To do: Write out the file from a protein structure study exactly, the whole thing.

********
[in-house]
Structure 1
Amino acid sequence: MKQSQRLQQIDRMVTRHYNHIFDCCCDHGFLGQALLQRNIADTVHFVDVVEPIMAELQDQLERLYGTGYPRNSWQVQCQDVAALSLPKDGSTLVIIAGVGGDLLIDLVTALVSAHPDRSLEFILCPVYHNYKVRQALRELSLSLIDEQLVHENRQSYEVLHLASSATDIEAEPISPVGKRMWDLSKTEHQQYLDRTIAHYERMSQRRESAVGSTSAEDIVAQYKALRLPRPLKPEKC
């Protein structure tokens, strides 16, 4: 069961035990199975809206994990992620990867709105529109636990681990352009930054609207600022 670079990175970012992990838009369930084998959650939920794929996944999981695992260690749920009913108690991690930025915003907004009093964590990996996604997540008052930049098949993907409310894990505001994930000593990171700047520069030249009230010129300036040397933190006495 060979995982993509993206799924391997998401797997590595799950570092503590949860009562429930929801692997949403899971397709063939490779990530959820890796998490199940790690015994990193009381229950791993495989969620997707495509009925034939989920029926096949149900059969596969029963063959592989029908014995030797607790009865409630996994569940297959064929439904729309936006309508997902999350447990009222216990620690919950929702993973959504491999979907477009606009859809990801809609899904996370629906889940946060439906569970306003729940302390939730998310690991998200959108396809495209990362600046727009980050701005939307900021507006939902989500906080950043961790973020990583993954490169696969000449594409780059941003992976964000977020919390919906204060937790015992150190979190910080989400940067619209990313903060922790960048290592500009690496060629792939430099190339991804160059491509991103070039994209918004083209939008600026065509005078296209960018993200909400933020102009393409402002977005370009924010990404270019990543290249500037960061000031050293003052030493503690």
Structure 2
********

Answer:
[in-house]
Structure 1
Amino acid sequence: MKQSQRLQQIDRMVTRHYNHIFDCCCDHGFLGQALLQRNIADTVHFVDVVEPIMAELQDQLERLYGTGYPRNSWQVQCQDVAALSLPKDGSTLVIIAGVGGDLLIDLVTALVSAHPDRSLEFILCPVYHNYKVRQALRELSLSLIDEQLVHENRQSYEVLHLASSATDIEAEPISPVGKRMWDLSKTEHQQYLDRTIAHYERMSQRRESAVGSTSAEDIVAQYKALRLPRPLKPEKC
């Protein structure tokens, strides 16, 4: 069961035990199975809206994990992620990867709105529109636990681990352009930054609207600022 670079990175970012992990838009369930084998959650939920794929996944999981695992260690749920009913108690991690930025915003907004009093964590990996996604997540008052930049098949993907409310894990505001994930000593990171700047520069030249009230010129300036040397933190006495 060979995982993509993206799924391997998401797997590595799950570092503590949860009562429930929801692997949403899971397709063939490779990530959820890796998490199940790690015994990193009381229950791993495989969620997707495509009925034939989920029926096949149900059969596969029963063959592989029908014995030797607790009865409630996994569940297959064929439904729309936006309508997902999350447990009222216990620690919950929702993973959504491999979907477009606009859809990801809609899904996370629906889940946060439906569970306003729940302390939730998310690991998200959108396809495209990362600046727009980050701005939307900021507006939902989500906080950043961790973020990583993954490169696969000449594409780059941003992976964000977020919390919906204060937790015992150190979190910080989400940067619209990313903060922790960048290592500009690496060629792939430099190339991804160059491509991103070039994209918004083209939008600026065509005078296209960018993200909400933020102009393409402002977005370009924010990404270019990543290249500037960061000031050293003052030493503690």
Structure 2